The aim of the campaign to inundate the public with a racialist narrative concerning police violence and all other aspects of American society is to divert attention from the capitalist system itself and head off the development of what the ruling class fears most—a broad, popular movement uniting the working class in the struggle against this economic system.
This requires grossly distorting popular attitudes toward race. There have, in fact, been vast changes—generally of a healthy character—since the heyday of Jim Crow segregation in the South and widespread racial discrimination in the North. In the America of the 1930s and 1940s, lynchings of blacks were virtually a daily occurrence. The great mass of African-Americans in the South did not have access to the ballot, and there were virtually no black political representatives.
Fifty years ago, in 1966, Edward Brooke was elected senator from Massachusetts, becoming the first African-American popularly elected to the United States Senate. Police forces throughout the country were almost exclusively white, and intermarriage between blacks and whites was virtually unknown.
These circumstances were radically altered by a 30-year upsurge of the working class between 1934 and 1964, which broke the back of segregation in the South and led to the racial integration of state institutions, including the police and all levels of government. The United States, after all, elected an African-American president in 2008 and reelected him in 2012.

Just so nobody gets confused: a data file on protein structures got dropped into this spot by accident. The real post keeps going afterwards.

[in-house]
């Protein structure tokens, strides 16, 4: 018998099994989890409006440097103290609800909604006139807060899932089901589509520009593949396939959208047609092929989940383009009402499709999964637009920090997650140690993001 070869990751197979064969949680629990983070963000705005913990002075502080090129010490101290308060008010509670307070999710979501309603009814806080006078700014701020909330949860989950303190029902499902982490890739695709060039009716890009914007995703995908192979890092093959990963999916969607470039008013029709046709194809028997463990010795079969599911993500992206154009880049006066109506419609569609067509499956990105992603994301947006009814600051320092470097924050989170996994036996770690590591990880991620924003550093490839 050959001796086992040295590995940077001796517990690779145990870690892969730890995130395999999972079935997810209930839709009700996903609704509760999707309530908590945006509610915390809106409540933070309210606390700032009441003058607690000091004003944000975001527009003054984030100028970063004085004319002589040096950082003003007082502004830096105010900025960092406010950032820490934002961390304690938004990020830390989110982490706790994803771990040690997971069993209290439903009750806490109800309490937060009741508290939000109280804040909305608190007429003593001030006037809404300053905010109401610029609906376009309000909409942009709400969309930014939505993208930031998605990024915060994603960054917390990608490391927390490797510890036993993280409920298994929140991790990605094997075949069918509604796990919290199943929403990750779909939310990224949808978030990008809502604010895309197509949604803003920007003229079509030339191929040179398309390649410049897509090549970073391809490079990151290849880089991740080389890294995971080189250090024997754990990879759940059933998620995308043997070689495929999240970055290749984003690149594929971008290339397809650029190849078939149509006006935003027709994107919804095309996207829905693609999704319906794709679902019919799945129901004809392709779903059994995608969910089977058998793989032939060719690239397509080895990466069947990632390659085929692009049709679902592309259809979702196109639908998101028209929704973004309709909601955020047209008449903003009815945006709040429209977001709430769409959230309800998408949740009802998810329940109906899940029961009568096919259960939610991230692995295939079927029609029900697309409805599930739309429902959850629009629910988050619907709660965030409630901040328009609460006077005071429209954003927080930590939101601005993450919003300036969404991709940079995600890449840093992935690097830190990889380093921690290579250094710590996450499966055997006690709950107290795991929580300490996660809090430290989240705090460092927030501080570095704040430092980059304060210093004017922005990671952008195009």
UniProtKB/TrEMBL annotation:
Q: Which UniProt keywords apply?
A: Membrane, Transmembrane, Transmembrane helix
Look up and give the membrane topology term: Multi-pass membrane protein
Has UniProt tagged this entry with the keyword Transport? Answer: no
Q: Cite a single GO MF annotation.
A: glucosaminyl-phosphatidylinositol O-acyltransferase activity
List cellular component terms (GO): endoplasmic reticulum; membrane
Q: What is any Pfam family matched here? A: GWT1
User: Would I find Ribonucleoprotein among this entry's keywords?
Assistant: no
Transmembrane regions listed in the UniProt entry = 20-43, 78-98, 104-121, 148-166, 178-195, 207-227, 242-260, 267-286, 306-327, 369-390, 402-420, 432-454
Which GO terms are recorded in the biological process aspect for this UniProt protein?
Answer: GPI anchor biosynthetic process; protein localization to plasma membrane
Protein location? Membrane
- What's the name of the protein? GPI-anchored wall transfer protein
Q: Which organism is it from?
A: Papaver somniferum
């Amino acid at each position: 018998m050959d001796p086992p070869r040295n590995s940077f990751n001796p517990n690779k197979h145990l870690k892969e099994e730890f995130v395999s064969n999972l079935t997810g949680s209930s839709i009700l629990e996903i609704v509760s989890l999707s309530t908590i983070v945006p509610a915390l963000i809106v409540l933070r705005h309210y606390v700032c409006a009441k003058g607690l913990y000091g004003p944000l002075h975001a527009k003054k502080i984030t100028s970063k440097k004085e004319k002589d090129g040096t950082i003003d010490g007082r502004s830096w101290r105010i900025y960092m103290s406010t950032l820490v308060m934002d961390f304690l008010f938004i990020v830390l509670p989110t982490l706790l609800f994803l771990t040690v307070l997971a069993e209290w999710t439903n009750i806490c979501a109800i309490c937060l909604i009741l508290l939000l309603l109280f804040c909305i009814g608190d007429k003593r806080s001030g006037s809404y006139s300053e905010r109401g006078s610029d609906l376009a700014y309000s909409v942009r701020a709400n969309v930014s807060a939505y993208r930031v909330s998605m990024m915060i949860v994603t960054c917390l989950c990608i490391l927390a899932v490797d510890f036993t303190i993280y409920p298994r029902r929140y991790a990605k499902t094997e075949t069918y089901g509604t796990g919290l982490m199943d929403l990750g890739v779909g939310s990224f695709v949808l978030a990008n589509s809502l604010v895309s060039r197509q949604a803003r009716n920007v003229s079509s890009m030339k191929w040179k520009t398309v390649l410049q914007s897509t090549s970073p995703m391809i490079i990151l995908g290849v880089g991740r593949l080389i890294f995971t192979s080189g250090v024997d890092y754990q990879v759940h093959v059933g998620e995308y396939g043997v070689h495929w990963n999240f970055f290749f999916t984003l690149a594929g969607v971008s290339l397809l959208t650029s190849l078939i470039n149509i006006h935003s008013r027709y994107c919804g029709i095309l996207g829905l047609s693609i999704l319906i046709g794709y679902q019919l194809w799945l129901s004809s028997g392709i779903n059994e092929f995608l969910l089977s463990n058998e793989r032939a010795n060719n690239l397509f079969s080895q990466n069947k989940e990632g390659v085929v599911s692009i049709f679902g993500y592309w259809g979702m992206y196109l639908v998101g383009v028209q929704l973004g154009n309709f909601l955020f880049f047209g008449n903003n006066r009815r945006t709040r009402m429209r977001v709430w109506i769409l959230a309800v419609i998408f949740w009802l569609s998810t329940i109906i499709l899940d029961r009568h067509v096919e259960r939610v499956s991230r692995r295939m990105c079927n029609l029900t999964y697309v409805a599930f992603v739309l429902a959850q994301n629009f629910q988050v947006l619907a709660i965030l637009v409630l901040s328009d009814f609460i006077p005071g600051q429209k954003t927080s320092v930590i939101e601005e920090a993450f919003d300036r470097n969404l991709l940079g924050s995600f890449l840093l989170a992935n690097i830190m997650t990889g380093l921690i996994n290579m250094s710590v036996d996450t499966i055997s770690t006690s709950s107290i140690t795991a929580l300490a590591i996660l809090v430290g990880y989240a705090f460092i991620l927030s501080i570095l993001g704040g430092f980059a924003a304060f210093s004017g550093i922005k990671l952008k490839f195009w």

Today, 87 percent of Americans, including 84 percent of whites, say they support interracial marriage, up from 4 percent in 1958. Fifteen percent of all new marriages in 2010 were interracial, more than double the share in 1980.
What really happened last week? The killings of two black men, Alton B. Sterling and Philando Castile, both caught on video, sparked outrage and opposition throughout the United States and internationally. With less publicity but no less chillingly, local media published a video showing police executing Dylan Noble, a 19-year-old white man in Fresno, California, as he lay motionless on the ground. Mass protests by people of all ethnicities throughout the country were met by the arrest of hundreds of demonstrators, carried out by highly militarized police who look and act like occupation forces.
As for the actions of Micah Johnson, the Dallas shooter, the fact that he himself was killed by means of a bomb-wielding robot—the first incidence of drone-type warfare within the borders of the United States—makes it difficult to determine what his precise motives were.
While it seems that his actions were to some extent motivated by police killings of African-Americans, it is also the case that he was a military veteran who spent nearly a year in Afghanistan. His actions follow the pattern of the dozens of mass shootings, many by military veterans, that take place in the United States every year.
The promotion of a sectarian outlook is embraced by politicians and academics who have a deep and vested interest in racial politics. They generally have nothing but praise for President Obama, who has presided over eight years of unending war, growing social inequality and poverty, and the arming of police departments with military-grade weapons throughout the country. These purveyors of racial politics are indifferent to the social distress of broad sections of the working class and have no proposals to improve their plight.
We urge all workers and youth to reject the reactionary, racialist narrative being peddled by the media and political establishment. The struggle against police violence, like all great social questions, requires uniting all sections of the working class in a common struggle against the capitalist system.
The World Socialist Web Site Editorial Board